The New York Review of Magazines

Anatomy of a Feature Story

By Jeff Dooley

With blogs, news websites and cable TV jumping on and taking ownership of major news stories just seconds after they break, weekly magazines face a new challenge: They must craft creative and original takes on these stories in order to have a place in the conversation. “You either need proprietary sourcing or you need a proprietary idea,” says Robert Kolker, a contributing editor for New York magazine. When editor-in-chief Adam Moss tapped Kolker to cover Captain Chesley “Sully” Sullenberger’s miracle landing on the Hudson, Kolker knew that the former requirement was out of the question — Sully was saving himself for 60 Minutes. So Kolker, Moss and deputy editor Jon Gluck got to work on creating a new idea. Kolker takes us through the process.

1) Follow the News
“The crash happened on a Thursday, and the three of us met in Adam’s office the following morning at 11. We agreed that the survivor stories were all starting to blend together — it was such a short flight that everyone’s story was pretty much the same. So, we decided we would try to write something about the pilot.”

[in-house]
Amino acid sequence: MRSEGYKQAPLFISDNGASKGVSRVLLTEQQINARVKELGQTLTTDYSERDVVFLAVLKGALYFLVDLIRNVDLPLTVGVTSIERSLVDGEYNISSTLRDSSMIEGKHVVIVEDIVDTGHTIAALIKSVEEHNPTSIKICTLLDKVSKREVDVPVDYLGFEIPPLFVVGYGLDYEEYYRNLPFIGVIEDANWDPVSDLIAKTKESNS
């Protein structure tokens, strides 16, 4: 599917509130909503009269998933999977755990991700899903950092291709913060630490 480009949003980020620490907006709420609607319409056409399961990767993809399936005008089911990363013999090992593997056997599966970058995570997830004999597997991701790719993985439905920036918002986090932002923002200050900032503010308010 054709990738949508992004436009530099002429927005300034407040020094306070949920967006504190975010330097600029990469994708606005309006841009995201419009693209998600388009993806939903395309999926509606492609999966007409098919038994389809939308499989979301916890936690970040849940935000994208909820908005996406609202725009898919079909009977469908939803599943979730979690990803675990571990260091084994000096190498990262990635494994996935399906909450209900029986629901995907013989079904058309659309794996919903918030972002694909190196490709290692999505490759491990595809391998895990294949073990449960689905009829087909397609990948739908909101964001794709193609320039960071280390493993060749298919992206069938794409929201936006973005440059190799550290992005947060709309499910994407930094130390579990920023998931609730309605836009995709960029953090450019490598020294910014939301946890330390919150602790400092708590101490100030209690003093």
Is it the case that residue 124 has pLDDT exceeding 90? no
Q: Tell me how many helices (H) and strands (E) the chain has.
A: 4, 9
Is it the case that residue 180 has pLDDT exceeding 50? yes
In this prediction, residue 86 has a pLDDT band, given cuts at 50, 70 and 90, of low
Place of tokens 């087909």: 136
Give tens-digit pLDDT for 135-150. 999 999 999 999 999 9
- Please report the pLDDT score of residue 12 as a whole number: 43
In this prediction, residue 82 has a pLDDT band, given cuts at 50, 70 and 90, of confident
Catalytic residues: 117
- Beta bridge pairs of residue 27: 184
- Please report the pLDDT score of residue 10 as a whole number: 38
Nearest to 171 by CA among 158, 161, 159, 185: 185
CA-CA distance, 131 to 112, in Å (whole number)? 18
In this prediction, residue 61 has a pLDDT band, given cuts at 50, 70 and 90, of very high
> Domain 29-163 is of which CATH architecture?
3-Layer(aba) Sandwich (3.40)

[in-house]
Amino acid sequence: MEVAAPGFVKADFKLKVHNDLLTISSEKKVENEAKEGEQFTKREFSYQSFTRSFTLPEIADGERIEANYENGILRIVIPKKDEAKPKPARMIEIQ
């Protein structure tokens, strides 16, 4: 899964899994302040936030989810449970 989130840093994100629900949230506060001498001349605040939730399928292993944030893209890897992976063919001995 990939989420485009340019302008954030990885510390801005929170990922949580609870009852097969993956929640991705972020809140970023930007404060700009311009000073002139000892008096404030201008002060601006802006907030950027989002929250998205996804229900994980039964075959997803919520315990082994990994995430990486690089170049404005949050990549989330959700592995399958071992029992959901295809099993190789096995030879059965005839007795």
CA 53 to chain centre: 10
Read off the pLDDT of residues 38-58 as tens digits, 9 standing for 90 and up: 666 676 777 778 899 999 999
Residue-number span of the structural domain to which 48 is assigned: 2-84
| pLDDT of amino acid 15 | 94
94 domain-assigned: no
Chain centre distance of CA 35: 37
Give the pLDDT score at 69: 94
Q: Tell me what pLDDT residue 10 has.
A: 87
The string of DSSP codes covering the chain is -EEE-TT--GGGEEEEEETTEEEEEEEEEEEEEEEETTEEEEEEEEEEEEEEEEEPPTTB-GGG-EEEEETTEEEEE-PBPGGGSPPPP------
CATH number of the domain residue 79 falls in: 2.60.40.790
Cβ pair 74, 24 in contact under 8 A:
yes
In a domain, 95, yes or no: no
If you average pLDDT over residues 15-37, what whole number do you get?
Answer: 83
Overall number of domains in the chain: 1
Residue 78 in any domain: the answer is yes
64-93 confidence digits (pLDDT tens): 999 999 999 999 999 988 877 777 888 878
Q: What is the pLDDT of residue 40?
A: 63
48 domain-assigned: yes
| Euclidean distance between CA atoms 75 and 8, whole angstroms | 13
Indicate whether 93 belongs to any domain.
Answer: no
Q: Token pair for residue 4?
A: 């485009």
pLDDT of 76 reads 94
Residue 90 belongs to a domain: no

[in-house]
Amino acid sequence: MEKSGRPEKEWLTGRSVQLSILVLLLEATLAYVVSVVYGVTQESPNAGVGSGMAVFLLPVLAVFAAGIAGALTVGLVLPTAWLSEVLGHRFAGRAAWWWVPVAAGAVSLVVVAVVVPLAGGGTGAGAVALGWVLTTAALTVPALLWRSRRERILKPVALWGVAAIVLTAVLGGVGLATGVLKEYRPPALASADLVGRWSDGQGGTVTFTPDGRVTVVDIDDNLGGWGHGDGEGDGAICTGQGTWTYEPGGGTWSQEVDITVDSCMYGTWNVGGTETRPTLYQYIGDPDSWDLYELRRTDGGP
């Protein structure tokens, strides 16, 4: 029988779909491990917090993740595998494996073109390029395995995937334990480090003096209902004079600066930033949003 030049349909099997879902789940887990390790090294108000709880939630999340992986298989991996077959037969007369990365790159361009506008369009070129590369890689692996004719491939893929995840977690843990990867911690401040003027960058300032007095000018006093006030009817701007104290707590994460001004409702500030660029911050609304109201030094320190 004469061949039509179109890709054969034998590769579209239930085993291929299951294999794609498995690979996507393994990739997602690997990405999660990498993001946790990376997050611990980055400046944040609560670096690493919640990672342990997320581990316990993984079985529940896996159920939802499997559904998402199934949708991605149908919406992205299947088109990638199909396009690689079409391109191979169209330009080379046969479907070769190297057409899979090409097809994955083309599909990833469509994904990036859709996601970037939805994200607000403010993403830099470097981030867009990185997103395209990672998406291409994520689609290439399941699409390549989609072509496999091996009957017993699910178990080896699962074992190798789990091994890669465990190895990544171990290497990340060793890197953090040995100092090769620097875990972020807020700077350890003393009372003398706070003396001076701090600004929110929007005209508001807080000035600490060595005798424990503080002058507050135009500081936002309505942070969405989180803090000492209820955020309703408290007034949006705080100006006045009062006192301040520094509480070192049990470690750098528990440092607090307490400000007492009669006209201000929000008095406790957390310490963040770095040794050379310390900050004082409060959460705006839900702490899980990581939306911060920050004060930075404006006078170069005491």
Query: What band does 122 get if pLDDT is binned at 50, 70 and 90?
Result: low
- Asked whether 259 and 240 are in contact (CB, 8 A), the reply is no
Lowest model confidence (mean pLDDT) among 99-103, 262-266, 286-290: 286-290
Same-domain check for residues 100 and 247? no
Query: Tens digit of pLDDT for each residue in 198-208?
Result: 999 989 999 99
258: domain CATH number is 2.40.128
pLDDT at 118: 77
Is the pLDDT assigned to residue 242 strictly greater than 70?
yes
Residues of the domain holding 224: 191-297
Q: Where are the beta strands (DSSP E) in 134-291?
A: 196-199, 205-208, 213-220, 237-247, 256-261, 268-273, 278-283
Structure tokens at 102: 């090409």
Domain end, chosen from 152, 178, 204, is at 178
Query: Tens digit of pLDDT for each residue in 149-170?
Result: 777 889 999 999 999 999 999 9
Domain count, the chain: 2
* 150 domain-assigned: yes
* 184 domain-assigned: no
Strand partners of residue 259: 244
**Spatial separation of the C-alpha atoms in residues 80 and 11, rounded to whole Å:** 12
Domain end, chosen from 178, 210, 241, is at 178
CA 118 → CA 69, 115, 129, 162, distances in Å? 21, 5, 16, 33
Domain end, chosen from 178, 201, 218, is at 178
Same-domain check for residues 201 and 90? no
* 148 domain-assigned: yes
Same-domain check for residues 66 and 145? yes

2) Dig for Details
“Adam said that something on the cable coverage struck him, about how Sully was an old-school pilot, that he was flying by hand, and that that type of flying was a dying art. Jon suggested that we could also include a blow-by-blow, moment-by-moment re-creation of the flight, explaining what went right. So I got cracking on both of those.”

3) Choose Your Angle
“I’d been around the block enough times to know that the group that would talk would be the pilots’ union. I got in touch with two different pilots who had flown the same type of plane and the same route a million times, and I had them take me through things second-by-second. Then I found an article in which an official read through the flight transcript, including time signatures. It wasn’t really noticed in the mass of coverage following the crash, but I used that along with the pilots’ interviews to create the chronological spine of the story. That’s where I got Sully saying, ‘My aircraft,’ which became the headline.”

4) Get Lucky
“The thought was that we could close the story on the following Thursday, so it would come out 10 days after the crash. But then the situation with Caroline Kennedy and New York’s governor, David Paterson, about who was going to be appointed senator, was imploding, and my colleague Chris Smith was preparing a cover story on it that had exclusive material. So they made the decision to bump my story a week. That gave me an extra week to tease out the story even further, and then what happened was that Sully had made himself such a precious resource out there that he was becoming this folk hero, and it became clearer, especially in New York, that this guy had really pulled off a miracle. So they decided to put my story on the cover. It was really just a result of luck and happenstance.”

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